Most Important Non-TV Story of the Day: U.S. Supreme Court Upholds Individual Mandate Part of Healthcare Bill

Jun 28, 2012  •  Post A Comment

"A sharply divided Supreme Court on Thursday [June 28, 2012] upheld the centerpiece of President Barack Obama’s signature healthcare overhaul law that requires that most Americans get insurance by 2014 or pay a financial penalty, Reuters reports.

The article contines: "’The Affordable Care Act’s requirement that certain individuals pay a financial penalty for not obtaining health insurance may reasonably be characterized as a tax,’ Chief Justice John Roberts wrote for the court’s majority in the opinion. ‘Because the Constitution permits such a tax, it is not our role to forbid it, or to pass upon its wisdom or fairness,’ he concluded. The vote was 5-4."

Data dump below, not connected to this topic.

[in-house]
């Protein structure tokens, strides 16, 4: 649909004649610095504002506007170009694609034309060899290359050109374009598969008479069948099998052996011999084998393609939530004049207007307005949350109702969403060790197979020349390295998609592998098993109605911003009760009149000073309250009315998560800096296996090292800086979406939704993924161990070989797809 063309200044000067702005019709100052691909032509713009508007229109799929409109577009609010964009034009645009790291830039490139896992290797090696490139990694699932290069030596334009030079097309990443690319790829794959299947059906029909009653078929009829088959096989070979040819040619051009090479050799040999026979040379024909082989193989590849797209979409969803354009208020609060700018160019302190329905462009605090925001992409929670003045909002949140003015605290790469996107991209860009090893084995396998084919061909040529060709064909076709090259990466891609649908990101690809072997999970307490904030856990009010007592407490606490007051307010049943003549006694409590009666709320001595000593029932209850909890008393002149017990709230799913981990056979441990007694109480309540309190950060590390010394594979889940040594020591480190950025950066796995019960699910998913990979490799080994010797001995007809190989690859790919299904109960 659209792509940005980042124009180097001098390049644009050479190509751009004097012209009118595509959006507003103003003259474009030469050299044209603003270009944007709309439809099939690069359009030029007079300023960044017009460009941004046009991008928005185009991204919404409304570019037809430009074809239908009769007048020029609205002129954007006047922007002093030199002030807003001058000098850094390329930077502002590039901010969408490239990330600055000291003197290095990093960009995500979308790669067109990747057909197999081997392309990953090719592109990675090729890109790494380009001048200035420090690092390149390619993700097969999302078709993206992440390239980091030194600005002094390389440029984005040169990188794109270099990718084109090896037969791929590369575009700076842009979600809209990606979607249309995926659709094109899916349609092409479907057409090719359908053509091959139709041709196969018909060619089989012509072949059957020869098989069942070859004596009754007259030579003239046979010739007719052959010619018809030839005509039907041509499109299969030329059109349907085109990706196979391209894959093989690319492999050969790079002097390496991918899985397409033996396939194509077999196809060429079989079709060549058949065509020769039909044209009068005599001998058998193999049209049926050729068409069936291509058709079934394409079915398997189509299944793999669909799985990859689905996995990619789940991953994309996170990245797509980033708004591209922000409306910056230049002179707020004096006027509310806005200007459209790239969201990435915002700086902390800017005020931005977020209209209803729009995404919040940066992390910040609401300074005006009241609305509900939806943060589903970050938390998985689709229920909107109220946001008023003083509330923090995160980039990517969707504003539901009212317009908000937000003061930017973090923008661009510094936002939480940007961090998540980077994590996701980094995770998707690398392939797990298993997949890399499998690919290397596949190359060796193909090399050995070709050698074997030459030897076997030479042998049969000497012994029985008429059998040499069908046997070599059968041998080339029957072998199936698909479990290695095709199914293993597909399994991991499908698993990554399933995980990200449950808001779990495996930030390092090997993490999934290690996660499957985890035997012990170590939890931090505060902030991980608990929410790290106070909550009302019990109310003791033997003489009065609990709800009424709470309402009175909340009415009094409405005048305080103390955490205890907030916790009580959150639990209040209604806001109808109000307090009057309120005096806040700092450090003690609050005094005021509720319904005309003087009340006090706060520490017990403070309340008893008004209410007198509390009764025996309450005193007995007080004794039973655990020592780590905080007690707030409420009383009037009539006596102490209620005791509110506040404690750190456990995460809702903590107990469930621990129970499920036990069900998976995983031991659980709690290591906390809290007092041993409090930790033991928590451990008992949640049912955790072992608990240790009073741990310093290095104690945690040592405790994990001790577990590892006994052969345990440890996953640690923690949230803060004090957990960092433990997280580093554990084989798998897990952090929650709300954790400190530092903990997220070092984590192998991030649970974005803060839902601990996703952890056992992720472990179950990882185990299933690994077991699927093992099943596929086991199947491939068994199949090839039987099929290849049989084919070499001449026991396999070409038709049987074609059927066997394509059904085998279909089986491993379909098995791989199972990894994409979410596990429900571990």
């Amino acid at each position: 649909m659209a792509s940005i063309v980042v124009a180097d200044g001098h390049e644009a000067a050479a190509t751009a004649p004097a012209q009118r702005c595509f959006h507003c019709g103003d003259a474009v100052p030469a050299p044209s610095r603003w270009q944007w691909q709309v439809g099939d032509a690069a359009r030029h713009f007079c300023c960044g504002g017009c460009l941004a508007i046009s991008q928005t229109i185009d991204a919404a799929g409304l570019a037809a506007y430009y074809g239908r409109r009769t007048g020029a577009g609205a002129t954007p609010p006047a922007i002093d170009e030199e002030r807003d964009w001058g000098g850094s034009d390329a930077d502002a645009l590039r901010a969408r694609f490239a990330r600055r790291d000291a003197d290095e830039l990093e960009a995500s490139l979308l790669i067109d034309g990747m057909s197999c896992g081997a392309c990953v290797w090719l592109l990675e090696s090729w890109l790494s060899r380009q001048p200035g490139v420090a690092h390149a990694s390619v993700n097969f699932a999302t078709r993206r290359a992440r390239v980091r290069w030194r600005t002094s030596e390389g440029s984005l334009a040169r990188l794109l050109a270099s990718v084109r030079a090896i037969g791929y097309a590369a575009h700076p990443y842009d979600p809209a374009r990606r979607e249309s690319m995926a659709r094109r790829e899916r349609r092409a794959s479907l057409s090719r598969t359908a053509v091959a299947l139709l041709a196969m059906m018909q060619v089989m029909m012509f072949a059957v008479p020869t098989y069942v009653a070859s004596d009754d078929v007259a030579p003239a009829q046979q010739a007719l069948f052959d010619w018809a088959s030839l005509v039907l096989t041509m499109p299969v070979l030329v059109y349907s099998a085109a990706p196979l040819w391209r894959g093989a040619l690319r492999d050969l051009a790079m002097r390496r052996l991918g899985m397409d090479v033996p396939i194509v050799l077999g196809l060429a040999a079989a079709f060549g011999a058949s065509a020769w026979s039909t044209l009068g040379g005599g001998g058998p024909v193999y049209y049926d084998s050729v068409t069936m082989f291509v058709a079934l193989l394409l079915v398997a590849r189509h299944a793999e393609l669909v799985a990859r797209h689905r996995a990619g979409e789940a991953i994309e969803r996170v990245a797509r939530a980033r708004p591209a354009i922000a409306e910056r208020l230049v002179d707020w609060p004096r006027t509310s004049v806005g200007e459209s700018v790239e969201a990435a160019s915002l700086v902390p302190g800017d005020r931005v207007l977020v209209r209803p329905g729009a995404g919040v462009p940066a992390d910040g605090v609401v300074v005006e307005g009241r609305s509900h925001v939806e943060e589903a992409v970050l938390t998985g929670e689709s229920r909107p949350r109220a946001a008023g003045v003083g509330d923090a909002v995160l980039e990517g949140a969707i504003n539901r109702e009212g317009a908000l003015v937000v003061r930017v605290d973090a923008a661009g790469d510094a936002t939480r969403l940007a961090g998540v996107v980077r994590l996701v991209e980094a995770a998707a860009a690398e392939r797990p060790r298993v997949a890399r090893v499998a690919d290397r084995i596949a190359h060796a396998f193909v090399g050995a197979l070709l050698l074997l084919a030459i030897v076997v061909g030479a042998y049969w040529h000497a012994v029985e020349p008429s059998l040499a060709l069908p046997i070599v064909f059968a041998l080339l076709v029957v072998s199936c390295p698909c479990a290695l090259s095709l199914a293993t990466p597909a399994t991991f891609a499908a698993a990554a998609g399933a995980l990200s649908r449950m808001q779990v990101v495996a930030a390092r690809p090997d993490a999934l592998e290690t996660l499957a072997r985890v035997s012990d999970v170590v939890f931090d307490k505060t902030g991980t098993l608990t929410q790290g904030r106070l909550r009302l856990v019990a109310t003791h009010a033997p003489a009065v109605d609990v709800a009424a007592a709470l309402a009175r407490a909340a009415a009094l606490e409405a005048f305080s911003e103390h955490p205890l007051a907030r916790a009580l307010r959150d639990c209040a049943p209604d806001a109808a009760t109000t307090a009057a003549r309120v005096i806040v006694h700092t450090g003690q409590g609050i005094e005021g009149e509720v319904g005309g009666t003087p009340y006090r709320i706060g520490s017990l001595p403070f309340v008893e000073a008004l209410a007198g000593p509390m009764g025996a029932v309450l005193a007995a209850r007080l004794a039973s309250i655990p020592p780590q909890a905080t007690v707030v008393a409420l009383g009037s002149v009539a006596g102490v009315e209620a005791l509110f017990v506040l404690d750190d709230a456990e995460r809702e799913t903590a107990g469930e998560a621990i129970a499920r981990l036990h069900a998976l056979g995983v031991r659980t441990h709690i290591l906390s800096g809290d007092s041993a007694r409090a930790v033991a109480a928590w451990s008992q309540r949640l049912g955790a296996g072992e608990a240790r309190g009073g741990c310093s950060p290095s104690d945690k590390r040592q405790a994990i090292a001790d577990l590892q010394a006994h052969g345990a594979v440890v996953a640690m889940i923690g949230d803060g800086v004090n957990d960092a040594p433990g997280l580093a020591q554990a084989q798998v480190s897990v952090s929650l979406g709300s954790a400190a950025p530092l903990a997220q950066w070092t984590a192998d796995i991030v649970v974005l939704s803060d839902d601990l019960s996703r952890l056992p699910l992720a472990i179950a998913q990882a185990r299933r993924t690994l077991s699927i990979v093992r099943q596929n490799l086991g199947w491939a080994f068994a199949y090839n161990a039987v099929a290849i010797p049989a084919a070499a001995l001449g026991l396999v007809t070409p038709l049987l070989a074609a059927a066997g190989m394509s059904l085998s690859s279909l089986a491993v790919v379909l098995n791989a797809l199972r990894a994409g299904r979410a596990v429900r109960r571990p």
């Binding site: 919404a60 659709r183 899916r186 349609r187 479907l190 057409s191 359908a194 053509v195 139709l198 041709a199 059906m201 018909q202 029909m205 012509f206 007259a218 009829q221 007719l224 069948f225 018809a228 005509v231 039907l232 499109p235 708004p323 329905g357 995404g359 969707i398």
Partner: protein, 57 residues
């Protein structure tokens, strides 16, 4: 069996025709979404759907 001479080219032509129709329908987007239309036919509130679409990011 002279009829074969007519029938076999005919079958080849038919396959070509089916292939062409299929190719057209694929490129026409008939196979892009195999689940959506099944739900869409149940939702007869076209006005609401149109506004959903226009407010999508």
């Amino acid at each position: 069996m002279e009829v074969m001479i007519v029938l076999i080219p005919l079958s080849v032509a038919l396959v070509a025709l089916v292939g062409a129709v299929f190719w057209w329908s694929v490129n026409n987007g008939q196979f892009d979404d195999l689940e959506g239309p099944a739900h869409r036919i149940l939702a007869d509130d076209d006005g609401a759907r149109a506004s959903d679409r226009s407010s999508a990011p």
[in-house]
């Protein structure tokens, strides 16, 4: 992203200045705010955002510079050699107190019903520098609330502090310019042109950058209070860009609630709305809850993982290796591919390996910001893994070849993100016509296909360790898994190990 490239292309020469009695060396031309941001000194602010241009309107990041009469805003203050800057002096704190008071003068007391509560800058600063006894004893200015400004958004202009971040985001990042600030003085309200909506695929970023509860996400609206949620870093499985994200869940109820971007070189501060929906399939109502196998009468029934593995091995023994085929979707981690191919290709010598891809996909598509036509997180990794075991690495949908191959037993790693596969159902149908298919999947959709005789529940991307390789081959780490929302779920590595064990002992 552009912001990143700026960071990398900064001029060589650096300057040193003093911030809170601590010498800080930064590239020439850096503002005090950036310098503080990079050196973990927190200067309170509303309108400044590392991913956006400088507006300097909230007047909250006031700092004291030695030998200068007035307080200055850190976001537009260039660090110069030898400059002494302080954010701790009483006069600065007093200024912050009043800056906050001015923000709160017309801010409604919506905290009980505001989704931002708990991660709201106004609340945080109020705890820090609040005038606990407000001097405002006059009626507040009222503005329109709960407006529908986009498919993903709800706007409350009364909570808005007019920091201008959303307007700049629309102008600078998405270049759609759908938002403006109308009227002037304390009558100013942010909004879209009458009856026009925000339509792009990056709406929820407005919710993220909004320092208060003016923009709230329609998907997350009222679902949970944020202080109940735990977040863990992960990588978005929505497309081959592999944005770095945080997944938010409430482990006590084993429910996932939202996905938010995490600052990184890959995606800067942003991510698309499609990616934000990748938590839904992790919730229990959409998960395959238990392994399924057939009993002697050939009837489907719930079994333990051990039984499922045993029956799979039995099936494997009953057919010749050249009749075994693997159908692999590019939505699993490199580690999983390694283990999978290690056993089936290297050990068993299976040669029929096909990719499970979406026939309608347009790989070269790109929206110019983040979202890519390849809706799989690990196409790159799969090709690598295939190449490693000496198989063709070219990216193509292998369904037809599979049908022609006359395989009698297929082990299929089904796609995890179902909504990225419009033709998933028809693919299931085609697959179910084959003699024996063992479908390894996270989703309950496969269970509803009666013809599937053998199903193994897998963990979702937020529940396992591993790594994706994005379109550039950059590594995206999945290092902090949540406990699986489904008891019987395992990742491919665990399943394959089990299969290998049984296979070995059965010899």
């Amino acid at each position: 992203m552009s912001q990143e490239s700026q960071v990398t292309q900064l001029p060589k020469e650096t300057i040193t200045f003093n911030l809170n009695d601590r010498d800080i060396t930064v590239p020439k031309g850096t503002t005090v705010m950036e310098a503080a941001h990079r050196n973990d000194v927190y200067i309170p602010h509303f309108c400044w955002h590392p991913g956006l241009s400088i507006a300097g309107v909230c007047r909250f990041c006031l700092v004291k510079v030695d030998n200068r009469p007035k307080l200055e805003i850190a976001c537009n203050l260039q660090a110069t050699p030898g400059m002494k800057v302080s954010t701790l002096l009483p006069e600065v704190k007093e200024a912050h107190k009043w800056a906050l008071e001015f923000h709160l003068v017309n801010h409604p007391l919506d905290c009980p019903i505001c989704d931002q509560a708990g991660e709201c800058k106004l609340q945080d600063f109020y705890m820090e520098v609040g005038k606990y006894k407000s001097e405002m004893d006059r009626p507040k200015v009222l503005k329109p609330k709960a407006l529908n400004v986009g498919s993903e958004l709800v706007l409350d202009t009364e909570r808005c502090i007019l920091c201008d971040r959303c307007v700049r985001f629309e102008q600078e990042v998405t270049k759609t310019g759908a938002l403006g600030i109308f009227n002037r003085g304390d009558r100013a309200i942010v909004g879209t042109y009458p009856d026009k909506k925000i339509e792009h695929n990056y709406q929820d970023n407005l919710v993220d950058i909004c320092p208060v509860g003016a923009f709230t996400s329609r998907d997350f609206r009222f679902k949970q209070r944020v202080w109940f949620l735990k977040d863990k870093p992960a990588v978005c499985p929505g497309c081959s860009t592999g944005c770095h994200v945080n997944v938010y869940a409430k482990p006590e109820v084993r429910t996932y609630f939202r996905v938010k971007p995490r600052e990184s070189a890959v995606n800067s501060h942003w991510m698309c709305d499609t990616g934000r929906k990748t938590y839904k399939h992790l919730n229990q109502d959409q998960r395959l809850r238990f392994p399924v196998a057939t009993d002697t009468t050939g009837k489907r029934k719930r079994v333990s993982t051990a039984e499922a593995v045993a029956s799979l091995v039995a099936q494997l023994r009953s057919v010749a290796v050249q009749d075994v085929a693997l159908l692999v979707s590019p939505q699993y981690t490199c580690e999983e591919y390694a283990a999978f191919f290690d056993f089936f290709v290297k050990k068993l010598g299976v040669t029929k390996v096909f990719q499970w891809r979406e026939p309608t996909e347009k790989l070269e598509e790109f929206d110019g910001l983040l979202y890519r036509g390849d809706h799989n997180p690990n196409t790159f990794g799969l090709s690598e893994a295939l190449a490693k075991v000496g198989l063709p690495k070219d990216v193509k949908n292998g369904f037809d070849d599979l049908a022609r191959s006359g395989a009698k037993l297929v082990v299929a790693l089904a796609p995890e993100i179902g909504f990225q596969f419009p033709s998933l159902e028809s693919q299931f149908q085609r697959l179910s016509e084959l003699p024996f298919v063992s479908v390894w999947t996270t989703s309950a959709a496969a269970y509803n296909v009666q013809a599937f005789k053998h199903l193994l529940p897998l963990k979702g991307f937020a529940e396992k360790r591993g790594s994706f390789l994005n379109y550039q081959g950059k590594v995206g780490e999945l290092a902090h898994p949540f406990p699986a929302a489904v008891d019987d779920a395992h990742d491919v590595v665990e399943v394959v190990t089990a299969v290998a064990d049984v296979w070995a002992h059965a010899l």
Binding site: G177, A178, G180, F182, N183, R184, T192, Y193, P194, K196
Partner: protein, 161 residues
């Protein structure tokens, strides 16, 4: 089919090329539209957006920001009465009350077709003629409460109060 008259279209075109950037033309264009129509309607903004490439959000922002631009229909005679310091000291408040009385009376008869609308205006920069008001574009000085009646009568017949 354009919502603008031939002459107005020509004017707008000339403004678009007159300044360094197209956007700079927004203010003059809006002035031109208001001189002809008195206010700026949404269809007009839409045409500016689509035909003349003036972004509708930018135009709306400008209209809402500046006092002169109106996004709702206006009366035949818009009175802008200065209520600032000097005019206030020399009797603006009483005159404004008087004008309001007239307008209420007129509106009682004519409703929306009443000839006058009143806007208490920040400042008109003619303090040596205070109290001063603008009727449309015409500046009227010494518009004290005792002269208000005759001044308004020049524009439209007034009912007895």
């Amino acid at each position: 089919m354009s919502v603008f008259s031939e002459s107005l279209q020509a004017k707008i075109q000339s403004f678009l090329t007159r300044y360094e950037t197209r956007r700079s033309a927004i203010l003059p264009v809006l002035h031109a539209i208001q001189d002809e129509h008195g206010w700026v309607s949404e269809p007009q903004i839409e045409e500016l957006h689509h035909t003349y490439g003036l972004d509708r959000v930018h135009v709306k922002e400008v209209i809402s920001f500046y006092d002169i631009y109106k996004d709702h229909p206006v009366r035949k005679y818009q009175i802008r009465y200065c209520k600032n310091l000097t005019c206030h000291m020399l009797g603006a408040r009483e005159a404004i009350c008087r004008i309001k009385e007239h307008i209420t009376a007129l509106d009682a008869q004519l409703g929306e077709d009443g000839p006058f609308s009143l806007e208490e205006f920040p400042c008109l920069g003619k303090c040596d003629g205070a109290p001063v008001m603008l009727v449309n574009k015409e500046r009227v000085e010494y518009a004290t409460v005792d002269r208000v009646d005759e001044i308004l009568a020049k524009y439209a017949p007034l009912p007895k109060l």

That part of the healthcare law has commonly been referred to as the "individual mandate."

The story adds, "In another part of the decision and in a blow to the White House, a different majority on the court struck down the provision of the law that requires the states to dramatically expand the Medicaid health insurance program for the poor."

One Comment

  1. Where does it say in the Constitution that the federal government is allowed this kind of taxation power? That’s a rather broad interpretation of government authority.
    It’s amazing that the Supreme Court, which could at one time be depended on to rein in the executive and legislative branches, now appears to get off on expanding the overreaching arm of government.
    I think it’s way past time for a mandatory retirement age for Supreme Court Justices. Let’s make it 60 years old. And retroactive.

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